Weather and Human Health: Consider the Winter of 1936
Franklin county, Iowa
The winter of 1935-36 stayed in the memory of those who experienced it in Franklin County. Temperatures were below zero for 30 consecutive days. One blizzard on Christmas Eve was particularly memorable. As the holiday program was drawing to a close at Morgan Church, congregants near the walls heard the wind outside increasing to a howl. Those assembled were quickly dismissed. But by the time Mr. and Mrs. Rankin arrived home, Mrs. Rankin was going into labor and in need of a doctor. Dr. Johnson and a nurse set out from Hampton in a car that soon broke down. They had to call back to Hampton requesting a second car. Doctor and nurse arrived at the Rankin’s in time. The baby, Carolyn Rankin, was born Christmas morning 1935.
In February 1936 winter still held the county in its grip. A snow storm in the first weeks of that month accompanied by temperatures of -20 degrees, threatened the life of Phyllis Smith and those who attempted to help her. The daughter of a farmer 3 ½ miles northeast of Alexander, Phyllis had a sudden attack of appendicitis. After an anxious night, her parents decided she needed to be taken to the hospital and the only way forward was on a bobsled. With the girl bundled in blankets and packed in straw and the father and brother driving, they headed toward Alexander and beyond to the hospital at Hampton. On February 13, the Hampton Chronicle described the journey. “All along the way, crews of men living at the farms en route came out and helped to shovel a path through the snow-packed road, while from the Alexander end another group started shoveling through the 10 and 12 foot drifts there.”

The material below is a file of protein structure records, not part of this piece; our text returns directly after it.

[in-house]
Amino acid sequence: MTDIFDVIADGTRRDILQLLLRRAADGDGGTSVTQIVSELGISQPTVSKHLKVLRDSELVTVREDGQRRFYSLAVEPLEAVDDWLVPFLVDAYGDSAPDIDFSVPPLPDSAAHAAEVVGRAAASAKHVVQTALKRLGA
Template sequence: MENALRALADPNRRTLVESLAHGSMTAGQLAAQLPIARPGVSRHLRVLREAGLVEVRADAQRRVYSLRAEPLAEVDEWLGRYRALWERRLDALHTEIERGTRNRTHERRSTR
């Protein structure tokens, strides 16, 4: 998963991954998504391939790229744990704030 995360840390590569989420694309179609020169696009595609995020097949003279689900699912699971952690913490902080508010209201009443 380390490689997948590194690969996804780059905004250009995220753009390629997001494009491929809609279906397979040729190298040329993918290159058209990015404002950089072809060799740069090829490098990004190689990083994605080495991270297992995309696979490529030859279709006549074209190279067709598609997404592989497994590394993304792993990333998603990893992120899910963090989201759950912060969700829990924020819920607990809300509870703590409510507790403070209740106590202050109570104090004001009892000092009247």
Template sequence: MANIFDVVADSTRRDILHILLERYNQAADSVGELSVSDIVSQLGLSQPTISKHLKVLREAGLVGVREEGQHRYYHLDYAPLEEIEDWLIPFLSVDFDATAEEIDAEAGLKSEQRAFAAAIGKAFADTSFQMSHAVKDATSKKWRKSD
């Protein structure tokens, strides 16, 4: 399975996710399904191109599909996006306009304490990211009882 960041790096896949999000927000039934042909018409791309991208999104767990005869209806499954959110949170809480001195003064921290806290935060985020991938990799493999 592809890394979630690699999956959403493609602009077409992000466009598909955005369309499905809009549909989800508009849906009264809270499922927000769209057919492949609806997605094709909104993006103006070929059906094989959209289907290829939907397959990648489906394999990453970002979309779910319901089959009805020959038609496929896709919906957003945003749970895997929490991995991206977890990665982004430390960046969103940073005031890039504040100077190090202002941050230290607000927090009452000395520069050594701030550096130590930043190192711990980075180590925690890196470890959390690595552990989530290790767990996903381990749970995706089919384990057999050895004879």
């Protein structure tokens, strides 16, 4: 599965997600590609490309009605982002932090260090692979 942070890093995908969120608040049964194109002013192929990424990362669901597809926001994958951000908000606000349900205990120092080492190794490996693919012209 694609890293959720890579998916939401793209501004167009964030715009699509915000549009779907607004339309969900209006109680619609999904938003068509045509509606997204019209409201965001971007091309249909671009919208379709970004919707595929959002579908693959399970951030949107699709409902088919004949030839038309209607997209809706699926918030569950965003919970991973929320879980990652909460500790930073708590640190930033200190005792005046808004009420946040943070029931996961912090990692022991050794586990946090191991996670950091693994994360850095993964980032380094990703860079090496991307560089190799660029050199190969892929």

As the newspaper tells the story, when the party did in fact reach Alexander, only the seriousness of the girl’s condition prompted anyone to imagine going further. A new team was hitched to the sled, and it headed south toward Highway 10 where state snowplows were trying to clear the roadway. But after just a ½ mile the team was too exhausted to continue. Another team took over, pulling the sled through 6-8 foot drifts. “Shovelers several times had to dig out the teams after they had floundered and also break a path for the sled.”
In the end yet two more teams were used, but still 2 ½ miles from the highway, the fourth team floundered and could not go on. “Then the crew of men, many with frozen faces, some with frozen hands, and at least one with frozen feet, hitched themselves into the traces like so many Eskimo dogs and dragged the heavy sled down across fields, through drifts and over frozen ground to the highway, which they reached at 4:30 in the afternoon after covering the seven and a half miles in seven and a half hours.”
The sick but very fortunate girl was conveyed by ambulance, following state snowplows, to Lutheran Hospital at Hampton where she received the necessary emergency surgery. She recovered.
Sources: SHSI: Morgan Township History, 1976; Franklin County History Iowa, Writers’ Program of WPA, 1941.